Technically, 7-7-7 is a JEDEC CAS latency standard for DDR3-1333 memory. However, very few such modules ever manufactured had their SPDs programmed to set 7-7-7 at 1333MHz; such modules have always been ridiculously expensive. Instead, most so-called "DDR3-1333 CL7" modules do not use native DDR3-1333 parts - but instead they use overclocked DDR3-1066 parts with their SPDs programmed to auto-set nothing higher than 1066MHz. As a result, the only native DDR3-1333 memory modules sold as such at a reasonable price are all CAS 9 (9-9-9). Blame the memory manufacturers and the economy for this mess.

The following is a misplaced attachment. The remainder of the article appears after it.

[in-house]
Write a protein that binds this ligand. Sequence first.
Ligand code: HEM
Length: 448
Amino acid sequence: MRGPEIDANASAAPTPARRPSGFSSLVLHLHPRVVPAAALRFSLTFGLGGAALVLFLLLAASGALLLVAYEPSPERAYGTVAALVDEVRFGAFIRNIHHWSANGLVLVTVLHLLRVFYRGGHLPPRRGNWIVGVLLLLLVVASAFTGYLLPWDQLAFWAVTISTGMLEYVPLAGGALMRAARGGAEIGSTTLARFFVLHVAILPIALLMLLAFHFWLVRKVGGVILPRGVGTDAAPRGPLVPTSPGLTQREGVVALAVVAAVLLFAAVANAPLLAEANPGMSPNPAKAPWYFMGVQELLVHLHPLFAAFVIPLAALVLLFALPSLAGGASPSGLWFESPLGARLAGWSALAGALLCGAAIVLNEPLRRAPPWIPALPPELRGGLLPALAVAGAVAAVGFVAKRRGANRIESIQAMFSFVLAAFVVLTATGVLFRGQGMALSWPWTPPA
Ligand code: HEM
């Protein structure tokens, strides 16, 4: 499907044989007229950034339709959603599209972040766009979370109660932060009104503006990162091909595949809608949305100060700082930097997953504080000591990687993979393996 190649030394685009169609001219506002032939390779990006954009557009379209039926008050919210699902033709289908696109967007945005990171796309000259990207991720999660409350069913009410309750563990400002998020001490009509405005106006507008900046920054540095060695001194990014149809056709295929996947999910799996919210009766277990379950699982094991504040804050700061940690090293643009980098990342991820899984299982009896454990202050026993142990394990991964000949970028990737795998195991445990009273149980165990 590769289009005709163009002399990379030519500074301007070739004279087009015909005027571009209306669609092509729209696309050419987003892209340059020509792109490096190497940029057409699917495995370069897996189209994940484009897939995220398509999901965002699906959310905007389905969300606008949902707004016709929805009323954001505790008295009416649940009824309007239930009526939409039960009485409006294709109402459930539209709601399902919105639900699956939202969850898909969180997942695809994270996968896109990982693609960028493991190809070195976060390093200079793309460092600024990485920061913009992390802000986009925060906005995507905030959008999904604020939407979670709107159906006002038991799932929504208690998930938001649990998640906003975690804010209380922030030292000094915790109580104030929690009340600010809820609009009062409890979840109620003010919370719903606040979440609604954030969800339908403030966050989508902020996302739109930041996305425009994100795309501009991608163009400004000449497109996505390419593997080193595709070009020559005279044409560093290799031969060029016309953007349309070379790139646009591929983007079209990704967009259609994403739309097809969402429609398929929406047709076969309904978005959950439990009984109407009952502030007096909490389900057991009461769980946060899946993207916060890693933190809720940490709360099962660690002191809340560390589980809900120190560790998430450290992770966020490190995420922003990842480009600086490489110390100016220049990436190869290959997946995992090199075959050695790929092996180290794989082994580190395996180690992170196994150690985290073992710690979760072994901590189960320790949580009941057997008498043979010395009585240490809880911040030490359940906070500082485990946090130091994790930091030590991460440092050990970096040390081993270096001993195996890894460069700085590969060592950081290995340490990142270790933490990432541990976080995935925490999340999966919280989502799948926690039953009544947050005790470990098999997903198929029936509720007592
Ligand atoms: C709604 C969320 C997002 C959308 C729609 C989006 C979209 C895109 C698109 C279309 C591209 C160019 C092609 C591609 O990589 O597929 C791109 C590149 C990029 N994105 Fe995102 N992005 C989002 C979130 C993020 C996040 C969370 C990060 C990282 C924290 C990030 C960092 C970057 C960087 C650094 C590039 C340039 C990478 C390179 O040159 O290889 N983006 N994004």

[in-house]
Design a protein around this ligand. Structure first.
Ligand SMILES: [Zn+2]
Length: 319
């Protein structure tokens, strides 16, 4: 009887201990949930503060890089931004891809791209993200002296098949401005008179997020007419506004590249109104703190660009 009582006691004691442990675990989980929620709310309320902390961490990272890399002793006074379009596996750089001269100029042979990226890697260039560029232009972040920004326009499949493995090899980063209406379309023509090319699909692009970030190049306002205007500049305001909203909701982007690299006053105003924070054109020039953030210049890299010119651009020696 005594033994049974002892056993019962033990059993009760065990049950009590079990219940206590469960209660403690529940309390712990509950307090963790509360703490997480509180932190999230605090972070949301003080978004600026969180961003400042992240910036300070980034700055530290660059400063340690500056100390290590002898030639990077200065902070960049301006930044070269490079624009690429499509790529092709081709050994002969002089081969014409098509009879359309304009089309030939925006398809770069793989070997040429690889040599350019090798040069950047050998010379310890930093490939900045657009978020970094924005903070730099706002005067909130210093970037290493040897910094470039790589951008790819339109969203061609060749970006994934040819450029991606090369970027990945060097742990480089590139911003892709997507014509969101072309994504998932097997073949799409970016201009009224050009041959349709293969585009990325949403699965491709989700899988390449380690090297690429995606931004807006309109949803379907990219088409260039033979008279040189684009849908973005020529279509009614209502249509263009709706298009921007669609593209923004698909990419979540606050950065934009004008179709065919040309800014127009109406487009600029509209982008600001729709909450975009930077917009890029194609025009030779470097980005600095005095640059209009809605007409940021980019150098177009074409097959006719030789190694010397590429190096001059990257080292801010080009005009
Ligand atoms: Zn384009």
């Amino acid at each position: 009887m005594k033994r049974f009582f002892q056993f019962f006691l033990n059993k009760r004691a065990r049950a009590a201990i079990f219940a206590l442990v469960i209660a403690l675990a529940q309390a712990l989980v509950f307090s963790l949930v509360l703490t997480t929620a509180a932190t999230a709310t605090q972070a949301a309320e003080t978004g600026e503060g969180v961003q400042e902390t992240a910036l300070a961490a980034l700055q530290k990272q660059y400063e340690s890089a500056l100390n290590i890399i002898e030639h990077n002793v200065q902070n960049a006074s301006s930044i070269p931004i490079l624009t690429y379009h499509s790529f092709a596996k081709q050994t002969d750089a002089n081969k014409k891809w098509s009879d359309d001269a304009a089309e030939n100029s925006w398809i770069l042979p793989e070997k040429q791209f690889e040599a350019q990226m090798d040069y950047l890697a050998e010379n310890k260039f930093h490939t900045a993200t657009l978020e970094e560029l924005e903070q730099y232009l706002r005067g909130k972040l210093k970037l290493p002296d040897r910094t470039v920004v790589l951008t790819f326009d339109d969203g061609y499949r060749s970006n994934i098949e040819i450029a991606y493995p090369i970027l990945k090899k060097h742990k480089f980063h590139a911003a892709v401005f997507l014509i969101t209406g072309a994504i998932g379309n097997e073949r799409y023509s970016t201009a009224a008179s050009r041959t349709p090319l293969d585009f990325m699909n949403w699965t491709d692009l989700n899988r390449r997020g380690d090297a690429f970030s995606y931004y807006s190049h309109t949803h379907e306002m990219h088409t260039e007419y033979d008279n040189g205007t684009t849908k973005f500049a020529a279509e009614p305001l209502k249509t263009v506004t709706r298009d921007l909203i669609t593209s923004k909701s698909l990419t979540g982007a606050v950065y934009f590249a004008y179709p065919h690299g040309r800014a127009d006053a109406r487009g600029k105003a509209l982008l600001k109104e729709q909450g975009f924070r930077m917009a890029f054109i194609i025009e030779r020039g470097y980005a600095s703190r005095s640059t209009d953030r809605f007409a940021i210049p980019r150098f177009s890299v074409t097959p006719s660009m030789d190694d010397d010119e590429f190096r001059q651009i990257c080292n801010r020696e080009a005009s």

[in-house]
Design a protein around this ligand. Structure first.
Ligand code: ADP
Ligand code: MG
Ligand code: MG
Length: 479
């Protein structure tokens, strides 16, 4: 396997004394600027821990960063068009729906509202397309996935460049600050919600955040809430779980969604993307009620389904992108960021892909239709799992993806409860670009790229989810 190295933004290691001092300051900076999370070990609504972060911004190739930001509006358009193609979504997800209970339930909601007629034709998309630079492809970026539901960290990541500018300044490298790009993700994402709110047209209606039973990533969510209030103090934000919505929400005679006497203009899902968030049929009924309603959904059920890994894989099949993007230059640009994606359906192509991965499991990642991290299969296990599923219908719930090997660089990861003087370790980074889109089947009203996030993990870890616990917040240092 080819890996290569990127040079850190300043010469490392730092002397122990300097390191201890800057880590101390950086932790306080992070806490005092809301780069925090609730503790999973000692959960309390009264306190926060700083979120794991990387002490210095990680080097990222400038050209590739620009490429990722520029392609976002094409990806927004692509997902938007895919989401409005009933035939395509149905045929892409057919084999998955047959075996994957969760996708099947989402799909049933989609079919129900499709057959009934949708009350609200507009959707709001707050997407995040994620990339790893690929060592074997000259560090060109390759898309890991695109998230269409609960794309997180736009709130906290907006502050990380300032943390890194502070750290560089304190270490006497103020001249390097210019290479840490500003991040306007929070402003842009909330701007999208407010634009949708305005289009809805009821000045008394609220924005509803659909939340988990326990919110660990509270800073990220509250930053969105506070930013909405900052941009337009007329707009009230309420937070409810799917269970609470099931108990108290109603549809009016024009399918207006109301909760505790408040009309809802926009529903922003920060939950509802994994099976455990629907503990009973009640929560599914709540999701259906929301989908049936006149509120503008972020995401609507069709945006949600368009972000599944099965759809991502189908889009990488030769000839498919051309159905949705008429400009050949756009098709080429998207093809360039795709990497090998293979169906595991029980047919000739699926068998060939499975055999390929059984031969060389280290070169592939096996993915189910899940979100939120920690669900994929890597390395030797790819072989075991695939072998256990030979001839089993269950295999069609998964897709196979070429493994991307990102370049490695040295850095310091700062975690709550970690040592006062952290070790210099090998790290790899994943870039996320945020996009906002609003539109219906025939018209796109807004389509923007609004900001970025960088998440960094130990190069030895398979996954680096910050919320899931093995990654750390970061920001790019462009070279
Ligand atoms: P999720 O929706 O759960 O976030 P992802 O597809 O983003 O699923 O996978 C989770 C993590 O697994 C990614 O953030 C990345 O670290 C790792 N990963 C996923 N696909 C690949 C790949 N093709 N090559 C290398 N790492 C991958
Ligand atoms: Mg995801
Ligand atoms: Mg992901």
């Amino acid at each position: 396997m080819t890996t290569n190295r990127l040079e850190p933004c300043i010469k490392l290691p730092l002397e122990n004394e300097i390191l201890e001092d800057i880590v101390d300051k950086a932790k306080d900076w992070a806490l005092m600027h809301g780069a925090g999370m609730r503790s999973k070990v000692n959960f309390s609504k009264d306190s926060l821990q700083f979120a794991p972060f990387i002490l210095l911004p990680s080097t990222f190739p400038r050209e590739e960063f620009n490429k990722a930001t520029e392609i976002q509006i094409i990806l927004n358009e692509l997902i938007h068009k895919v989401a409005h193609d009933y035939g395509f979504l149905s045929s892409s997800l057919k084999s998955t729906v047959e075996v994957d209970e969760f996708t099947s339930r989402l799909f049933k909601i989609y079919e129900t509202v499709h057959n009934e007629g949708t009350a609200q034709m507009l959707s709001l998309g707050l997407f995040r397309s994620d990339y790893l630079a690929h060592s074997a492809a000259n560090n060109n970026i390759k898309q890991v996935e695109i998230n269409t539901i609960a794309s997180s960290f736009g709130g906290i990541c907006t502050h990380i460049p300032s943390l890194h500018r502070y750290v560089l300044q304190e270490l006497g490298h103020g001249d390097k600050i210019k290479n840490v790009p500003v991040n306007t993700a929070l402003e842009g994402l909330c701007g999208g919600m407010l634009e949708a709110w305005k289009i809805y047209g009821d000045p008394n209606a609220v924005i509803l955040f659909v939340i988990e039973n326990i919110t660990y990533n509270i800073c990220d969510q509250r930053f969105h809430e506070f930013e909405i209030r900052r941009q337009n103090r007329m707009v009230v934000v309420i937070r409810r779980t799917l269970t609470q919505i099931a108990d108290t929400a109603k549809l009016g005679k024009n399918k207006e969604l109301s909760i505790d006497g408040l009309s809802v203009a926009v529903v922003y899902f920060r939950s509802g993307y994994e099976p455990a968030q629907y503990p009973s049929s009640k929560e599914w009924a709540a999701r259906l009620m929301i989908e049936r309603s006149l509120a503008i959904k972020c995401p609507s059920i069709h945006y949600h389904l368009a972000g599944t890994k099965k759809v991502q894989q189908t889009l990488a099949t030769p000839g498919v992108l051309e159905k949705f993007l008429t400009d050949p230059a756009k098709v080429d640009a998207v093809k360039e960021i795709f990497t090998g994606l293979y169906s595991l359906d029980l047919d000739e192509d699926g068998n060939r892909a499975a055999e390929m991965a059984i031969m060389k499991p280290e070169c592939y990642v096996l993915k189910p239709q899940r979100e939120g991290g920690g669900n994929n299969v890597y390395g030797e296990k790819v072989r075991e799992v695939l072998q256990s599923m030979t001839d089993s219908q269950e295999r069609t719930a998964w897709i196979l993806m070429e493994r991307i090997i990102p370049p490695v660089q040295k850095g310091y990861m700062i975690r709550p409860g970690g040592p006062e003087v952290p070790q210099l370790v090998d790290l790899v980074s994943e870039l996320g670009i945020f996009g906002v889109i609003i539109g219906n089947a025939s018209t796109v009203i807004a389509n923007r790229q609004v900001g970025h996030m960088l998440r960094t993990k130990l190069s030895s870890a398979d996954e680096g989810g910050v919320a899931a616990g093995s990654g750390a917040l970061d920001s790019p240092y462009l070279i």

That makes a lot of sense. Thanks for explaining